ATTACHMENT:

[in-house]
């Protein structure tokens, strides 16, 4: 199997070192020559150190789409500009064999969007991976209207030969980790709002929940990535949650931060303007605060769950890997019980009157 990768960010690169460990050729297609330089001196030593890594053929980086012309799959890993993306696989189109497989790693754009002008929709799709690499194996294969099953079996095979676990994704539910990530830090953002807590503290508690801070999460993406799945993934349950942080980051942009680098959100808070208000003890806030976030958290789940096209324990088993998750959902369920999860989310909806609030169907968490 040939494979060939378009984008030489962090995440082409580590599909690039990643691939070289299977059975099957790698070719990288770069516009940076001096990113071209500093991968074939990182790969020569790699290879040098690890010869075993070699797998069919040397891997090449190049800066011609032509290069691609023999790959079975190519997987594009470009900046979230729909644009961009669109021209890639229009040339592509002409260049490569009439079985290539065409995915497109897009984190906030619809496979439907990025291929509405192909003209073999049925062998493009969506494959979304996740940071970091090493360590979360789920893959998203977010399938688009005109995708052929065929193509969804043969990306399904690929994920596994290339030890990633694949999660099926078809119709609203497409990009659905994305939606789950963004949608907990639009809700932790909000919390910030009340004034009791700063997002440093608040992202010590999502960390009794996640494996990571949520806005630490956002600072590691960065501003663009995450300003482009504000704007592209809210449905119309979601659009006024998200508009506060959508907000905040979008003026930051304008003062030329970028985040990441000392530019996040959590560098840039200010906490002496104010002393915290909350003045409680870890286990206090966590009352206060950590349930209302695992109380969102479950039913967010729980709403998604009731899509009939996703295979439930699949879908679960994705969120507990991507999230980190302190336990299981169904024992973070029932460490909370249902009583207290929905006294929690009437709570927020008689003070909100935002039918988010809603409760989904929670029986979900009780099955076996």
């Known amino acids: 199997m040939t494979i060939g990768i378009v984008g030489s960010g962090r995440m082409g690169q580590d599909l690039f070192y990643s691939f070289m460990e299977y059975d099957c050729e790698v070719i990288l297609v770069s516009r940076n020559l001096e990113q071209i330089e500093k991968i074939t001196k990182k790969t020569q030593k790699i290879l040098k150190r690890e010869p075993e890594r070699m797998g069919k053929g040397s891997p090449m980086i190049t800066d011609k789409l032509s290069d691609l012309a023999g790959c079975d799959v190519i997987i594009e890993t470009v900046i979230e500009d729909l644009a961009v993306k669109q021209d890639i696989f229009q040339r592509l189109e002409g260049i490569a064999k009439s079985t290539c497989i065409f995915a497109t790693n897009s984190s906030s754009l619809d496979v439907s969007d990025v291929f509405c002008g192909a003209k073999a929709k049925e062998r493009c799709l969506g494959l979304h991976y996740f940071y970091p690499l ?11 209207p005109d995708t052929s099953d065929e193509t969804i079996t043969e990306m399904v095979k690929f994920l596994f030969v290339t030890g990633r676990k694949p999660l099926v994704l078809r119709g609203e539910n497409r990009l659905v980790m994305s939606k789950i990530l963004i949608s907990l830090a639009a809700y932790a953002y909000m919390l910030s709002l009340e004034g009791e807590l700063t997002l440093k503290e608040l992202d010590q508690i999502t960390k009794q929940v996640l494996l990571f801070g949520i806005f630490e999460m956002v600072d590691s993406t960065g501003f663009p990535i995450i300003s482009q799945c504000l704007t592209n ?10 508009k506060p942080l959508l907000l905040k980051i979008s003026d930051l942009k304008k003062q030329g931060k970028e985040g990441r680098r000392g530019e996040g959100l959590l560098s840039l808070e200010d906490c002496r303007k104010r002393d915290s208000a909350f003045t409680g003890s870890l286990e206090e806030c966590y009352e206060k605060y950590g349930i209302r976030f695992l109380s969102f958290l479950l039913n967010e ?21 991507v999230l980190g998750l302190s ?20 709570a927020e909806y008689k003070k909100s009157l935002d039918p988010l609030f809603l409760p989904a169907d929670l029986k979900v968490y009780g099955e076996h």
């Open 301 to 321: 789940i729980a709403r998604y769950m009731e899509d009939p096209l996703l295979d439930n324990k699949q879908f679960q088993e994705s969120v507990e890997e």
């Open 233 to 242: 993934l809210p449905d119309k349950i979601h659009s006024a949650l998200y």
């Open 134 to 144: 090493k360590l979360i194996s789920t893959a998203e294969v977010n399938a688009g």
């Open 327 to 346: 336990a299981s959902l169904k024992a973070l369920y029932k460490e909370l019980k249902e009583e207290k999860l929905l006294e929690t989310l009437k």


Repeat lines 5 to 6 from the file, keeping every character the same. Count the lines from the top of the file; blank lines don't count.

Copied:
């Open 233 to 242: 993934l809210p449905d119309k349950i979601h659009s006024a949650l998200y």
């Open 134 to 144: 090493k360590l979360i194996s789920t893959a998203e294969v977010n399938a688009g």